The Dog Box

2017-11-30 06:00

ASSESSING and working with dogs repeatedly shows up the importance of an holistic examination of the intricacies of the interrelationships between dog and human. When a person jokes or teases a friend, a particular smile or tone of voice will indicate intent. These are known as meta-signals and are used to indicate that a word or gesture is not to be taken seriously.

Children need to learn to understand this type of behaviour if they hope to manage in the real world. Without it they will become at best withdrawn or, far worse, social misfits.

The same applies to our dogs. Part of learning about life involves skills acquired early during play and general interaction.

This applies to both dog and human. If we don’t allow play, we effectively destroy a dog’s ability to communicate and learn with others of its kind, and we risk causing a dog to become dog-to-dog aggressive. This underlines the importance of puppy socialising.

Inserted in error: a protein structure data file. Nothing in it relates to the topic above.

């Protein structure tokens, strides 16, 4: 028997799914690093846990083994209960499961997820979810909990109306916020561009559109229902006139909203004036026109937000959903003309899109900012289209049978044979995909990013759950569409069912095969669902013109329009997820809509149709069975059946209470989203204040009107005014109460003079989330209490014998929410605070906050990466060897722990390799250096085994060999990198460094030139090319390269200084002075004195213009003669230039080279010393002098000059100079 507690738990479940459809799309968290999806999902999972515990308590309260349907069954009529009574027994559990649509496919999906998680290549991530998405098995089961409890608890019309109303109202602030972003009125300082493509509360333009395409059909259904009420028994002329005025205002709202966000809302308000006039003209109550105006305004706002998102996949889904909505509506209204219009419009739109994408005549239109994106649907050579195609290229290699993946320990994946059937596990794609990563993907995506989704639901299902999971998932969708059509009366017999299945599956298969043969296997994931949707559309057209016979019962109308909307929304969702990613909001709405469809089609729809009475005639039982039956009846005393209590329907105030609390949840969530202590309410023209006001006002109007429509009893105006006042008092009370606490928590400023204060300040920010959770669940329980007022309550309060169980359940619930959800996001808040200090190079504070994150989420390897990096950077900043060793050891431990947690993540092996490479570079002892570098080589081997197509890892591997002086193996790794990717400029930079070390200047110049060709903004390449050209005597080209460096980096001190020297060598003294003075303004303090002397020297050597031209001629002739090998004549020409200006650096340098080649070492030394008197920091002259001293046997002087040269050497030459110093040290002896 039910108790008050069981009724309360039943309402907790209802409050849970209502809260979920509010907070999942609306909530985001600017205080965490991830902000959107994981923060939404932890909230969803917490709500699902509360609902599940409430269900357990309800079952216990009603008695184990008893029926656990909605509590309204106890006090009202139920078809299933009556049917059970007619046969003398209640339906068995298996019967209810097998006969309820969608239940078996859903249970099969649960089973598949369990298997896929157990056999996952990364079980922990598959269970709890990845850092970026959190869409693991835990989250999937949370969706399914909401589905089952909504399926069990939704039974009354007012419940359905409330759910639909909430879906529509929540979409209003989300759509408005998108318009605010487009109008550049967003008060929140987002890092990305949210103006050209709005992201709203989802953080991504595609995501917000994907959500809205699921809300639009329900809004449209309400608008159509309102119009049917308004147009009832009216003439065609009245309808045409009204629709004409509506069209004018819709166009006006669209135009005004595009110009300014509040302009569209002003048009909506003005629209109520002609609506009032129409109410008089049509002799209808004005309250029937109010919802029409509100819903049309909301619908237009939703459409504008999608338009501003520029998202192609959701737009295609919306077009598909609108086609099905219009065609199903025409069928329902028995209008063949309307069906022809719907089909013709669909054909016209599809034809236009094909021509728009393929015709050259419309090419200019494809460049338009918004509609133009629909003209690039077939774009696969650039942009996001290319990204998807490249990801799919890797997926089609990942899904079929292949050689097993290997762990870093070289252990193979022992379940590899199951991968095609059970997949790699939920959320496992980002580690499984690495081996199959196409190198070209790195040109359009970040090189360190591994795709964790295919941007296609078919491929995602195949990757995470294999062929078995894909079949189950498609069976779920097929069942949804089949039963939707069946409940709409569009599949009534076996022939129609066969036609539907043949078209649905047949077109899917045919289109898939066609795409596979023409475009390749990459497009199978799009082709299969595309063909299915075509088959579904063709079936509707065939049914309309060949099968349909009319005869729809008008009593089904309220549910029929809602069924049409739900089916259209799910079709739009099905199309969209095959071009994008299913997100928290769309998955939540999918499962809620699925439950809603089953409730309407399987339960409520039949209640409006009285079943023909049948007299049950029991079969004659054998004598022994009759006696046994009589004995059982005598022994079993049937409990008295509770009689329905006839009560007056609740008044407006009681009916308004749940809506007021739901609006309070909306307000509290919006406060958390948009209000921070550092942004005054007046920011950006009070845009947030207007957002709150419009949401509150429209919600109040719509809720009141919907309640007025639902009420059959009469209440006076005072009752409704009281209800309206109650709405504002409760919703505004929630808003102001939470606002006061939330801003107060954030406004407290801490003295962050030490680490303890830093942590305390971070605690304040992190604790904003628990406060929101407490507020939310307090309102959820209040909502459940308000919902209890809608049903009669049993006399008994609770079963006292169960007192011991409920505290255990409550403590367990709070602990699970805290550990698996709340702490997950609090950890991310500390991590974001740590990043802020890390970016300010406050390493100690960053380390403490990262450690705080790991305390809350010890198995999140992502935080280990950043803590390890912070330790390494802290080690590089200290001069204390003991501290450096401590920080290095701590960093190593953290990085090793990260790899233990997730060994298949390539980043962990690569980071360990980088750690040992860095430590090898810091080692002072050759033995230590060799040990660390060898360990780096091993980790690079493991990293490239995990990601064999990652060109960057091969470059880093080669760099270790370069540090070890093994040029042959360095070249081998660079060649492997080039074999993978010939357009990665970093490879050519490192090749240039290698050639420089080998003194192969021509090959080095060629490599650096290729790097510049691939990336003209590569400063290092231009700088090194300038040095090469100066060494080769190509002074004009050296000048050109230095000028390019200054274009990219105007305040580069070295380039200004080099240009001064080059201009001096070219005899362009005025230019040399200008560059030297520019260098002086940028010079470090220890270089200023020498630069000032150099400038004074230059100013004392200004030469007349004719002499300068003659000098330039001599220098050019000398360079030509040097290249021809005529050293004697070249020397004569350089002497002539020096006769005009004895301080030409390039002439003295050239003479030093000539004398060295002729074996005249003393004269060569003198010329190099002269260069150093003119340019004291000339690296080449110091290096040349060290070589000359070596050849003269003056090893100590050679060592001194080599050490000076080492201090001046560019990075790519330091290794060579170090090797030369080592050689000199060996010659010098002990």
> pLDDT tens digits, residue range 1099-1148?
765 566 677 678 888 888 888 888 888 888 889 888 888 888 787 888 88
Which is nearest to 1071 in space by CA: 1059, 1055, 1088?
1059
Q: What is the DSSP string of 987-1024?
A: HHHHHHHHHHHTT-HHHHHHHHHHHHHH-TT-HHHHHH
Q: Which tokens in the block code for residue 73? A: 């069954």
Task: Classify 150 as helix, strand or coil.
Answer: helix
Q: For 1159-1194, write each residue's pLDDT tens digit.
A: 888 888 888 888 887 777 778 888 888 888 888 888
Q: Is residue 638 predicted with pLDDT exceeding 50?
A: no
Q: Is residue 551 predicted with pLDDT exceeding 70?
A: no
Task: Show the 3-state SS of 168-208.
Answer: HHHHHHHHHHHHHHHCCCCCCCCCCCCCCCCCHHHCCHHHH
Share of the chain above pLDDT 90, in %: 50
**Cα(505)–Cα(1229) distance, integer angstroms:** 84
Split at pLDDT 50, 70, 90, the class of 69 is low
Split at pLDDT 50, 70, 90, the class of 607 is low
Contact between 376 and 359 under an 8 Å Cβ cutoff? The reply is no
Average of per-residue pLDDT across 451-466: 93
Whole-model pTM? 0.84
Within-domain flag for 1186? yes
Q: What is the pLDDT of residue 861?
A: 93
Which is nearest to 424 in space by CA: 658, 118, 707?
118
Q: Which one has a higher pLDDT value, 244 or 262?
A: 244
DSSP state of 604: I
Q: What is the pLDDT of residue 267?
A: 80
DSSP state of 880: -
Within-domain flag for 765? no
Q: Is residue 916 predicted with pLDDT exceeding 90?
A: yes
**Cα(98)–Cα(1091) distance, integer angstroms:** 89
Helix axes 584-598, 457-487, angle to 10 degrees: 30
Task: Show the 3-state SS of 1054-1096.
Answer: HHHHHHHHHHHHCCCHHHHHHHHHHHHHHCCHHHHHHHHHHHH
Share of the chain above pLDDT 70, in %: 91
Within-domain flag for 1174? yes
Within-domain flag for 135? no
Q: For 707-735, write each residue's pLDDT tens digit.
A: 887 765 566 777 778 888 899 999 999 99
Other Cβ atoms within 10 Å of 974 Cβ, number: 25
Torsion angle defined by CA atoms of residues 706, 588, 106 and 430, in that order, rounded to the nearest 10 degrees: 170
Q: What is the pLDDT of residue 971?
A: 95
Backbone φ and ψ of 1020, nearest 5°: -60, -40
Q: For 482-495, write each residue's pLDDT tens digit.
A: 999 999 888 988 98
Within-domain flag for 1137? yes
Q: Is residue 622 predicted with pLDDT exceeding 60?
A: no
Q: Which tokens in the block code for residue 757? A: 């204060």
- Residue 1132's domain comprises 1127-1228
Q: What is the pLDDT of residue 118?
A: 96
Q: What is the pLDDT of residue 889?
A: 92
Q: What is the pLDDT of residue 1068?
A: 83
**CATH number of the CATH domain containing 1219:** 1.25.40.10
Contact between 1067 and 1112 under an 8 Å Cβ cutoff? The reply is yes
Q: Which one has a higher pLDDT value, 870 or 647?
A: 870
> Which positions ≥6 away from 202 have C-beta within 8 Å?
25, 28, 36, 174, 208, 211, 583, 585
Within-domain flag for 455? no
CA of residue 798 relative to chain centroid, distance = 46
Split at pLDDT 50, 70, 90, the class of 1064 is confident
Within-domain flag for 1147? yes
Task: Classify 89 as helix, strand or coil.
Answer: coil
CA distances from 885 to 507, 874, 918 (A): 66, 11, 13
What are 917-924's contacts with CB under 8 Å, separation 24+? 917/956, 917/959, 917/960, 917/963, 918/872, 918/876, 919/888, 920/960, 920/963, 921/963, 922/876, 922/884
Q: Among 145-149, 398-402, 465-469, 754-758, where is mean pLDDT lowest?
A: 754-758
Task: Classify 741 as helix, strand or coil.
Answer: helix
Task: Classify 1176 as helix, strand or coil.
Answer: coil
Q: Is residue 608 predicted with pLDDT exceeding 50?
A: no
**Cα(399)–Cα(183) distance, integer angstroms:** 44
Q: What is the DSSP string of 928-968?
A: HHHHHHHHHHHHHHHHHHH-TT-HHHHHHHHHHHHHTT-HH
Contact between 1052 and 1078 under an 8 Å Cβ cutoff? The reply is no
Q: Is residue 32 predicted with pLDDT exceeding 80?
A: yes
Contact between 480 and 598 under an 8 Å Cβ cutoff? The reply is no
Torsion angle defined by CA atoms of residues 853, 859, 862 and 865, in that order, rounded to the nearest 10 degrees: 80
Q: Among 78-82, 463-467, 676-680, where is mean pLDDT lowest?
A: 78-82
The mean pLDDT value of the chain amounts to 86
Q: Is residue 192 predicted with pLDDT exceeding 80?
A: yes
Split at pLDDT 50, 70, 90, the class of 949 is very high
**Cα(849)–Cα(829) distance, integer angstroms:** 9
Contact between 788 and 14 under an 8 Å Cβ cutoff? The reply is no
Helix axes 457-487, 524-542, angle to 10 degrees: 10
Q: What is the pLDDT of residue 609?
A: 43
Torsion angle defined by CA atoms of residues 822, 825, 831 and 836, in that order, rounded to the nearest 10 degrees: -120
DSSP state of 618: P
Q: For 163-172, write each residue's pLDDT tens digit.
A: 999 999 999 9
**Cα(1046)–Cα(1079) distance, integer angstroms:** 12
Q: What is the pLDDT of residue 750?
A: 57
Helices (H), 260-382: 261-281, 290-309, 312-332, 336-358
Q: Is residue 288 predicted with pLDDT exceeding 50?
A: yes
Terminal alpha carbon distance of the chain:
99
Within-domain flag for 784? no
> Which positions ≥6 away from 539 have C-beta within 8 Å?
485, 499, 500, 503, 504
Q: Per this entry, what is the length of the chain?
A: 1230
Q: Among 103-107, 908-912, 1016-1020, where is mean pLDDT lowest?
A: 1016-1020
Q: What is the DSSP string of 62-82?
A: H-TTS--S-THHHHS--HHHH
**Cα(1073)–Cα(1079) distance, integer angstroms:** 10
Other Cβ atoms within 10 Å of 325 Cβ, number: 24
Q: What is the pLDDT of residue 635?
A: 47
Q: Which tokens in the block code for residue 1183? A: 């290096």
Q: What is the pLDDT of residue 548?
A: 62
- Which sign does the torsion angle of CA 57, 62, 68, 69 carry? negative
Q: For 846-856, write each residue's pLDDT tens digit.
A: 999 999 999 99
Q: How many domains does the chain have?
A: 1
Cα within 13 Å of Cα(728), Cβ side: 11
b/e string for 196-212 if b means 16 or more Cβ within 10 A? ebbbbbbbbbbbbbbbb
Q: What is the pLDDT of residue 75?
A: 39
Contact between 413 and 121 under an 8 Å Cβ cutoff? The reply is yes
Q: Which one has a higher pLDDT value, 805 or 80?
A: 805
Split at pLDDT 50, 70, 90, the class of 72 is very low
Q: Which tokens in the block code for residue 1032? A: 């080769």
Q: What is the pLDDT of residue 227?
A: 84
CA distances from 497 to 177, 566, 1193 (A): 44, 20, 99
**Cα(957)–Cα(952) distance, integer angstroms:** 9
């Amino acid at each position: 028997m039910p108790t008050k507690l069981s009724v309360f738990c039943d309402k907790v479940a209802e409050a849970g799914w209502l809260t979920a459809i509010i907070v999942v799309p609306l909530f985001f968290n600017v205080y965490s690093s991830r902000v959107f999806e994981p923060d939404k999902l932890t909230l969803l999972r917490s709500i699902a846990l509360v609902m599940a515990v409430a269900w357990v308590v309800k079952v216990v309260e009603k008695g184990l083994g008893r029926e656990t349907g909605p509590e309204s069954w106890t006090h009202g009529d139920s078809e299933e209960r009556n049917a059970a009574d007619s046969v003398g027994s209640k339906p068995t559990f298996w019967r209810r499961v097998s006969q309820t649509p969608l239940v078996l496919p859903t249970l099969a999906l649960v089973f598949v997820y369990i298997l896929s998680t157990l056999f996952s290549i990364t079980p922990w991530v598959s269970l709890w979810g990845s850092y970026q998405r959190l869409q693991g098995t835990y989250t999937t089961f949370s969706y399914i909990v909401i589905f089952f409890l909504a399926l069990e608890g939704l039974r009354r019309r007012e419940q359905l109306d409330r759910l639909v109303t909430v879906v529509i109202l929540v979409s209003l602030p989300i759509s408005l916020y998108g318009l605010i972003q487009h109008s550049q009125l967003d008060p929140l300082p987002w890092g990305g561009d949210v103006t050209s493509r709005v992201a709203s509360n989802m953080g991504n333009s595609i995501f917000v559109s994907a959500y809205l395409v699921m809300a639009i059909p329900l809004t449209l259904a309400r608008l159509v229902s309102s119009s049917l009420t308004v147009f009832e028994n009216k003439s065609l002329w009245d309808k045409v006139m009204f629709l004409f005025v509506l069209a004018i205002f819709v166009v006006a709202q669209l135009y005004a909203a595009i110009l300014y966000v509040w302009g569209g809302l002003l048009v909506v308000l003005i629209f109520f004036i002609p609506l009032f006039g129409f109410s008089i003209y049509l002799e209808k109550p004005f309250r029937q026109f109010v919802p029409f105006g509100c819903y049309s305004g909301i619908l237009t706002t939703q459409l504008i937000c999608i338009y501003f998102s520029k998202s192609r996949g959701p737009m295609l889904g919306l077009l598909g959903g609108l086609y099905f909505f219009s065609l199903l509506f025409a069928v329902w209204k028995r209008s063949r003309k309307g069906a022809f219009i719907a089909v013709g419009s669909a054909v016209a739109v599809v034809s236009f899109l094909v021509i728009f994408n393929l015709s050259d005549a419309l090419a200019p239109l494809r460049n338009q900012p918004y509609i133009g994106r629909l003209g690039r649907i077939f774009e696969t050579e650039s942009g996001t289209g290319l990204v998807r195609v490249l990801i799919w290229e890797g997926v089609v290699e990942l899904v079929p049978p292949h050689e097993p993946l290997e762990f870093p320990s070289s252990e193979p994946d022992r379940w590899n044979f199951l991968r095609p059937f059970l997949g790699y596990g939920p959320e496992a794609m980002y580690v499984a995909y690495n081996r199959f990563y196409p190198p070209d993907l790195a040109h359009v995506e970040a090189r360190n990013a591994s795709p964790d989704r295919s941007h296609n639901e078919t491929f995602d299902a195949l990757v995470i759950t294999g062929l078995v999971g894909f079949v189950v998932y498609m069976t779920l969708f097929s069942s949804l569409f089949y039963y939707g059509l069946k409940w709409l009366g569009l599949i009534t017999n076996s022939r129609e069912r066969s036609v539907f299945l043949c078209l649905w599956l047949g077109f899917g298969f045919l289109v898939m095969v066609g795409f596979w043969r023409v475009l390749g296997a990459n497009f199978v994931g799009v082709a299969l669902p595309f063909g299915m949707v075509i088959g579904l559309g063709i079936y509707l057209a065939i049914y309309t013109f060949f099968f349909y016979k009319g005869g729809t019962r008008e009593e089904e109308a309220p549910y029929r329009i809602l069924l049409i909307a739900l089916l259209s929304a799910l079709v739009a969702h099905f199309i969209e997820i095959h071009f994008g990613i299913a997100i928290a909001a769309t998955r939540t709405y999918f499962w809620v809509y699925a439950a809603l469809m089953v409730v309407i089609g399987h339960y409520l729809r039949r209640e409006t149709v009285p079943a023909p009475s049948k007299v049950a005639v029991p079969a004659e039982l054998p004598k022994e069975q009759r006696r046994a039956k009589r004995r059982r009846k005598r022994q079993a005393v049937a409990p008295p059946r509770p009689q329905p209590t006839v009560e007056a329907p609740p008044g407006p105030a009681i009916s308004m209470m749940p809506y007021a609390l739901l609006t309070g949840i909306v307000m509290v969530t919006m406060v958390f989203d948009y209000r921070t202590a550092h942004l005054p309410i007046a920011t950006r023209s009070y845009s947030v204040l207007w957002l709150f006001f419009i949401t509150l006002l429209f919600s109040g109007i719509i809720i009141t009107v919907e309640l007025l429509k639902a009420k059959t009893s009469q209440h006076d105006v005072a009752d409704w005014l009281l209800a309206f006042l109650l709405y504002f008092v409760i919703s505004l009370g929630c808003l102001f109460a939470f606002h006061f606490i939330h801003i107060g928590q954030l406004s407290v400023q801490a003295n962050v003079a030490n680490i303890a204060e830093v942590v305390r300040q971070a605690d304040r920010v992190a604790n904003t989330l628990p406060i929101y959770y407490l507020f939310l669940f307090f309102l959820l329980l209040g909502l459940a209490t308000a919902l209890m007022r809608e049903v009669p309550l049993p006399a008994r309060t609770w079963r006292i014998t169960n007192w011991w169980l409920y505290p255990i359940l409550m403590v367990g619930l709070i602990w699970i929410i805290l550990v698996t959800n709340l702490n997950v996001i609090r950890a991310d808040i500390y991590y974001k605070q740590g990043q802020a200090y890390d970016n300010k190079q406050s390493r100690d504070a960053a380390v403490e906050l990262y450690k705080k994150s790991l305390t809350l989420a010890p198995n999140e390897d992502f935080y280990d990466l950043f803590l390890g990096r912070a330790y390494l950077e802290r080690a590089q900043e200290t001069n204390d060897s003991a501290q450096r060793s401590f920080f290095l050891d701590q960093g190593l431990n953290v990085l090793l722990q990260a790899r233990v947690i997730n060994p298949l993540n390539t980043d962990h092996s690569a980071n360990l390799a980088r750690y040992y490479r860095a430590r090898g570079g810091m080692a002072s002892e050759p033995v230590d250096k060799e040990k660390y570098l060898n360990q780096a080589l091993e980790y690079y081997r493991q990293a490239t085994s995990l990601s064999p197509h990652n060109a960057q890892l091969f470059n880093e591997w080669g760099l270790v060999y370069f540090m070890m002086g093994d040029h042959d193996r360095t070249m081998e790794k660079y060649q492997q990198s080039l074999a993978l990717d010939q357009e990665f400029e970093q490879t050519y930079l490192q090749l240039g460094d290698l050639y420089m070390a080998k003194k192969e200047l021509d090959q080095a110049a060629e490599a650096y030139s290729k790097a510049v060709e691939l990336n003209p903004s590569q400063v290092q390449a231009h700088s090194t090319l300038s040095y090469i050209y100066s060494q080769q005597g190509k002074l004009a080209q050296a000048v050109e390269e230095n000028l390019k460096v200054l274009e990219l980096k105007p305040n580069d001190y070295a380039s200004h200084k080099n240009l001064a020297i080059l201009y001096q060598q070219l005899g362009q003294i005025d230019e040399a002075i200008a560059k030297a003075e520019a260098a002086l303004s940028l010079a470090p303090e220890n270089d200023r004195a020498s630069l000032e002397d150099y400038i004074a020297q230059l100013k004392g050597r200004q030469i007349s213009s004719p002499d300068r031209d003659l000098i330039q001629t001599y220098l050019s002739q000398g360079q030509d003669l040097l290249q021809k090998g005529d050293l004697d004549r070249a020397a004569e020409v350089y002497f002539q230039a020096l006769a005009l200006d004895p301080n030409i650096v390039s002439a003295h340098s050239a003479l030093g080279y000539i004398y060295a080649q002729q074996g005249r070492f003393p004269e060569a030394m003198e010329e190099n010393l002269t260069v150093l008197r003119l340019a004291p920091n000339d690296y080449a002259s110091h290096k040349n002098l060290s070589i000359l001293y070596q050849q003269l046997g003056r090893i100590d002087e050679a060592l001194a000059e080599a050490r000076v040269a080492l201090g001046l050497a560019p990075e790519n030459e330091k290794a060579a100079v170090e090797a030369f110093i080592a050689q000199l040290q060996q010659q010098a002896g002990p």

During play-fighting, two dogs will go through actions that usually appear to humans to be identical to those that would be seen in real fighting. Such performing behaviours include pouncing, chase, neck bites, hip-slams, flank or hock bites.

Among differences between play and real fighting are that bites are inhibited, and meta-signals are conveyed to indicate that although things might look fierce, the intent is benign.

Snapping that misses the mark is intentional. Like an expert musician’s ability to control an instrument, a dog has the ability to control the mouth with utmost precision.

In initialising a play session, important preludes to these interactions are displays such as “play bows”, almost coy “look-aways” and sneezes. Another aspect of a play sequence is that little pauses will be interspersed throughout the sessions to keep tempers even.

All of these communication skills and lessons are crucial to developing a socially acceptable temperament that is able to cope with the variables in life.

If one dog breaks the rules of play, then a reprimand by the other or a withdrawal from the game can terminate the play session. This teaches a valuable life-lesson: the importance of adhering to fair rules that enable us to co-exist with our fellows.